March 30, 12:00 PM AEST: Dr Peri Tobias

School of Life and Environmental Sciences, The University of Sydney

TOPIC: A chromosome-level genome sheds new light on the mating strategy for Austropuccinia psidii (myrtle rust)

Summary: Environmental plant pathogens pose major challenges for containment. Austropuccinia psidii is a plant fungal pathogen causing rust disease on plants in the Myrtaceae family. Originating in Brazil, the pandemic strain was first found in Australia in 2010 and in New Zealand in 2017. Myrtle rust is a rapidly spreading plant disease and a serious biosecurity threat to Australia’s natural environment. In 2021 we showed that A. psidii had the largest assembled fungal genome at 1 Gbp (haploid), largely due to a massive expansion of transposable elements. The data from the genome permitted the development of molecular markers currently being used for biosecurity testing. Recently we were able to make a more comprehensive chromosome-level genome for this rust fungus. By correctly assigning chromosomes we were able to scrutinise the mating loci in both sets of chromosomes of this dikaryotic organism. This new di-haploid genome provided novel evidence on the mating gene structure and arrangement, only possible from sequence data that has not been collapsed. These findings are useful for determining the biosecurity risks and for understanding potential population structure of the pathogen.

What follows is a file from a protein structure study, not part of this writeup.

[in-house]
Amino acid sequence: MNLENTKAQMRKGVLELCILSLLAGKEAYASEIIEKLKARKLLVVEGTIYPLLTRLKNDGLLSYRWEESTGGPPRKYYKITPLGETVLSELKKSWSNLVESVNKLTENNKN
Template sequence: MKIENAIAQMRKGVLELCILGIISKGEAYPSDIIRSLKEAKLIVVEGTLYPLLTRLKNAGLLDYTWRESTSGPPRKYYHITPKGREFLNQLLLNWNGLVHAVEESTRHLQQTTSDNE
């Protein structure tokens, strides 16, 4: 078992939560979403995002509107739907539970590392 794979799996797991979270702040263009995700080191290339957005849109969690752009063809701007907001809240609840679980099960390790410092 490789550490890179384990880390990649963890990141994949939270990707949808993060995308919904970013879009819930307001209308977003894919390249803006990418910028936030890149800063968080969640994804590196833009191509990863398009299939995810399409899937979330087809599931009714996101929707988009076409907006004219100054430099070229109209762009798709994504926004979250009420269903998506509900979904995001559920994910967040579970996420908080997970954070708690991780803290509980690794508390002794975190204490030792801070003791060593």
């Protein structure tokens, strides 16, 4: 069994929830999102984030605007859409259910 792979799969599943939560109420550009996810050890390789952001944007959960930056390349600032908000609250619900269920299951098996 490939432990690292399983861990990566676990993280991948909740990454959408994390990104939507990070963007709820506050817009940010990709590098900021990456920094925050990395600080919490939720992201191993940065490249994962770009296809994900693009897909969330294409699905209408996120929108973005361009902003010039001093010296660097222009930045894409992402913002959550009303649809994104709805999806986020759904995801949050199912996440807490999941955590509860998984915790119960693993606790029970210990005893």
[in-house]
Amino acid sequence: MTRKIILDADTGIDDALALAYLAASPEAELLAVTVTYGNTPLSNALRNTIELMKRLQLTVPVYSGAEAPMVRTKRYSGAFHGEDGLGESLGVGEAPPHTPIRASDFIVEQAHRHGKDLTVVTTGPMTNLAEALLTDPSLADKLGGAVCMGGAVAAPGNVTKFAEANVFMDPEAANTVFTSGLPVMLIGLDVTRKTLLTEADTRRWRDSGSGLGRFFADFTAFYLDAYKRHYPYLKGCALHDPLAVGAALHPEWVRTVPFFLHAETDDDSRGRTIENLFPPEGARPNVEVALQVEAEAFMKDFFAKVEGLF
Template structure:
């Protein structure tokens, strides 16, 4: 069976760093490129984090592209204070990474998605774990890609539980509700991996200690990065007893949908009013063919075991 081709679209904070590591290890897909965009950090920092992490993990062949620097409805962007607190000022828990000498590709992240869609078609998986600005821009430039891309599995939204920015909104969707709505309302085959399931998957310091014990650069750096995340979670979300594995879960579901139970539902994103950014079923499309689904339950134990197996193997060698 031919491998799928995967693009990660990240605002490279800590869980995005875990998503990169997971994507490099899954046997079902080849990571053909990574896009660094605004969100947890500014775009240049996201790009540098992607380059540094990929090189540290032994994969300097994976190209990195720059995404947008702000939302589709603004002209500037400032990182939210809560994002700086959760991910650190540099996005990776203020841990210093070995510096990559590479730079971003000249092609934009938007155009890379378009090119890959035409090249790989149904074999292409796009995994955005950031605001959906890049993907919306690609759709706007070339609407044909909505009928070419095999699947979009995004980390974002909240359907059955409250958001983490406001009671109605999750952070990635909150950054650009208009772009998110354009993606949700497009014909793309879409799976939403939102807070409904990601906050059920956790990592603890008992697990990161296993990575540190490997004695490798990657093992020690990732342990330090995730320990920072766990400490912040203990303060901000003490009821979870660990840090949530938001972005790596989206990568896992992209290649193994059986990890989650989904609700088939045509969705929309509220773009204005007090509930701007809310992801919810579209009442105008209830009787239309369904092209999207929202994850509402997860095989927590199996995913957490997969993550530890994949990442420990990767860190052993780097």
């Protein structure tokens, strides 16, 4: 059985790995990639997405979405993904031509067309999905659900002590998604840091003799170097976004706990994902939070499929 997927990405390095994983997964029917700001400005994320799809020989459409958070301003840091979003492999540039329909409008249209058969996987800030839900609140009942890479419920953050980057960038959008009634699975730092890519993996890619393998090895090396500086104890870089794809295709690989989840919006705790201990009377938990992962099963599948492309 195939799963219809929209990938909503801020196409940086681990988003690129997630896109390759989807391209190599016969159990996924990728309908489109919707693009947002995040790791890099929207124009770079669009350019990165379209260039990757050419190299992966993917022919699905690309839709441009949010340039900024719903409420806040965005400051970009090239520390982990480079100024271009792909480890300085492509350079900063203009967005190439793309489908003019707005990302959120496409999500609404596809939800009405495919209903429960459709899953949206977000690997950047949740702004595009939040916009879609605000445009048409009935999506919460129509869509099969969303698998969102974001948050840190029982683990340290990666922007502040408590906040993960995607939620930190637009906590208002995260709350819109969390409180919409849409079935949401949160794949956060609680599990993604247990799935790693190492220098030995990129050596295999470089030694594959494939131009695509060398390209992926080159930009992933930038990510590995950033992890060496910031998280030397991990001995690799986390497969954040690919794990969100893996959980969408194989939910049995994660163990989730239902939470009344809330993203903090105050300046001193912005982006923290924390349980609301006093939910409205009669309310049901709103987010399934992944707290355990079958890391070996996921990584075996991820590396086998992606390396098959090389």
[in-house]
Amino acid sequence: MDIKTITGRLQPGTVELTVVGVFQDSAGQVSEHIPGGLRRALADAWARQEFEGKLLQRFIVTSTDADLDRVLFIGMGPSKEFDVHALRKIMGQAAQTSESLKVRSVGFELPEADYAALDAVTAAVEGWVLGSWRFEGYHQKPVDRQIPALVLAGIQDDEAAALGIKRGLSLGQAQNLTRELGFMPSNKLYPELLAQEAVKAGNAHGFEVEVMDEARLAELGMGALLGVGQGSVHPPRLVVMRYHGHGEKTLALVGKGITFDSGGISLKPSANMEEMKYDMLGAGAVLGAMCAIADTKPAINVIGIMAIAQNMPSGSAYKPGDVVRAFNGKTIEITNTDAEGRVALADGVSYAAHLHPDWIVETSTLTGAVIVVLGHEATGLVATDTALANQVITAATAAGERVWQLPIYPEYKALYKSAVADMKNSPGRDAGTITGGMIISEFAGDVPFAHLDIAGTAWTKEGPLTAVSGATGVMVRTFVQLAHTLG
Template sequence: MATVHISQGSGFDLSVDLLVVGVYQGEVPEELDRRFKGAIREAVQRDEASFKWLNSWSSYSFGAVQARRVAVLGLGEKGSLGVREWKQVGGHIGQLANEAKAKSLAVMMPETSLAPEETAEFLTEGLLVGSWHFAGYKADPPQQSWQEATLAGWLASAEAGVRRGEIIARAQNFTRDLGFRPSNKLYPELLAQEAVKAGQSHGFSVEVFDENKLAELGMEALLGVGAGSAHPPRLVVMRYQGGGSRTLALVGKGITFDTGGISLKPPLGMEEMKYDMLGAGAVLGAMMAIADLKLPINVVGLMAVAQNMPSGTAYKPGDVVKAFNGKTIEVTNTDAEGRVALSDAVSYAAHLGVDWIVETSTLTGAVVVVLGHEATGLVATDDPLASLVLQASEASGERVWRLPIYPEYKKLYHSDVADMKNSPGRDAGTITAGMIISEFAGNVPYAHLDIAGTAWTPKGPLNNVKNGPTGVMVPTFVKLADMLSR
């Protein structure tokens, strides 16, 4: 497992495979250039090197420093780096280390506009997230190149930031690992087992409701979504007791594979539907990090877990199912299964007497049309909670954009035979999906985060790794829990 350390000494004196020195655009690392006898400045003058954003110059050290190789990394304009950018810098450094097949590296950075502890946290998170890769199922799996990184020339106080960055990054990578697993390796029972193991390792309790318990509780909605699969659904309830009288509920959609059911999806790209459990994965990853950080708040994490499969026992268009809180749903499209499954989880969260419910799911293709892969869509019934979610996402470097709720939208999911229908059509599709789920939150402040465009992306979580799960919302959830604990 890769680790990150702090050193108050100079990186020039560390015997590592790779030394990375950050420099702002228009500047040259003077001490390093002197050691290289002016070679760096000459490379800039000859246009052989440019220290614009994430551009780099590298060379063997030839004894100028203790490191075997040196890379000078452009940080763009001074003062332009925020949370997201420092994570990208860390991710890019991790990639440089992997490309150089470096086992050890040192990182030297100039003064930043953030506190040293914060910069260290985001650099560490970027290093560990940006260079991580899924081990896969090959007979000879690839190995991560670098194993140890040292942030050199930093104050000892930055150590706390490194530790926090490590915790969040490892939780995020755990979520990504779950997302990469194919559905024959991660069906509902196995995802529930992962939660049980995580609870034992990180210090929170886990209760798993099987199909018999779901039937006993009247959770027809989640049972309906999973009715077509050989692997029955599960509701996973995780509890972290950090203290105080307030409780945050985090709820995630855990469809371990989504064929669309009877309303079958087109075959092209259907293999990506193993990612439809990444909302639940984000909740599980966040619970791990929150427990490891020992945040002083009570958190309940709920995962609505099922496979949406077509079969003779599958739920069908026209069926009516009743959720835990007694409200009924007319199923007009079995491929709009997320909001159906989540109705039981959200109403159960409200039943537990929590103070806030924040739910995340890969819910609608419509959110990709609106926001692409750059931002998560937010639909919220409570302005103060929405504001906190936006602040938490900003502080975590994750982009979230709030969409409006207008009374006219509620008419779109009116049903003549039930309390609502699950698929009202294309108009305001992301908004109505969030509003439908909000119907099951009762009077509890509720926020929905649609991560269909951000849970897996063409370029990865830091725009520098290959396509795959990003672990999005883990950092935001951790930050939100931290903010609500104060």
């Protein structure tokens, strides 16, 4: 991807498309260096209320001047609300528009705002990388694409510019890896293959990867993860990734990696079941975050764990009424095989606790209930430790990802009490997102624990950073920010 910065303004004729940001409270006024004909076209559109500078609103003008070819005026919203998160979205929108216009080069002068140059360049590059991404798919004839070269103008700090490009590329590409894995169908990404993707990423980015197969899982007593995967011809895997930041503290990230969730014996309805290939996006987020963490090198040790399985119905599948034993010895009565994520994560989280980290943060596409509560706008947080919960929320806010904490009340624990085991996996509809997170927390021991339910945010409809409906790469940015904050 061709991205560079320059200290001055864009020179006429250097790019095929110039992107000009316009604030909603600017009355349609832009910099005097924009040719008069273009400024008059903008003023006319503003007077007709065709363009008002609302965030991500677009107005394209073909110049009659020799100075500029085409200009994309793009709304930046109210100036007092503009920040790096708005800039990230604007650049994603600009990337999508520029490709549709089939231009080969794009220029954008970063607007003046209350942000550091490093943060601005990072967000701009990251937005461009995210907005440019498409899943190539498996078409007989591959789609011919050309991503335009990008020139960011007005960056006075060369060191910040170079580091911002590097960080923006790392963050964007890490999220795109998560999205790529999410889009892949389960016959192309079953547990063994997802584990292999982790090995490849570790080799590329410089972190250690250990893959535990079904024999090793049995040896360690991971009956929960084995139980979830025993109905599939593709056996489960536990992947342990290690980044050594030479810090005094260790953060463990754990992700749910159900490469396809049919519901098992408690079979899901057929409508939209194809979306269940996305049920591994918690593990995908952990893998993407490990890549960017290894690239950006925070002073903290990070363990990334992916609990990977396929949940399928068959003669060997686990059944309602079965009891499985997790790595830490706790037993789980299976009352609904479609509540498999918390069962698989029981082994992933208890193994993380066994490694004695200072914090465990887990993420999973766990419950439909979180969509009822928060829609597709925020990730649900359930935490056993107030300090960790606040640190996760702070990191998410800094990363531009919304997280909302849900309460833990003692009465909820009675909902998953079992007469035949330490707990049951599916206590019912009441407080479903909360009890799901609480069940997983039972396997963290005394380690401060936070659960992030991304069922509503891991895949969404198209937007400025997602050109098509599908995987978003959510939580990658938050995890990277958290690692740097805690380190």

Feb 23, 12:00 PM AEST:   Wayne Boatwright

President of the Queensland Mycological Society

Topic: Collecting and Describing Fungi - Citizen Science in Action

Summary:  Ever wondered how to find out more about collecting and identifying fungi? Each year the Queensland Mycological Society mentors its members about citizen science by encouraging them to become specimen collectors for and on behalf of Herbaria. Fungal specimens are under-collected but a much needed resource for future mycological work. Our workshop covers everything you need to know about being a specimen collector, from safety in the field, legal and ethical collecting, through to identifying, processing and describing your specimen before lodging this valuable resource at a Herbarium.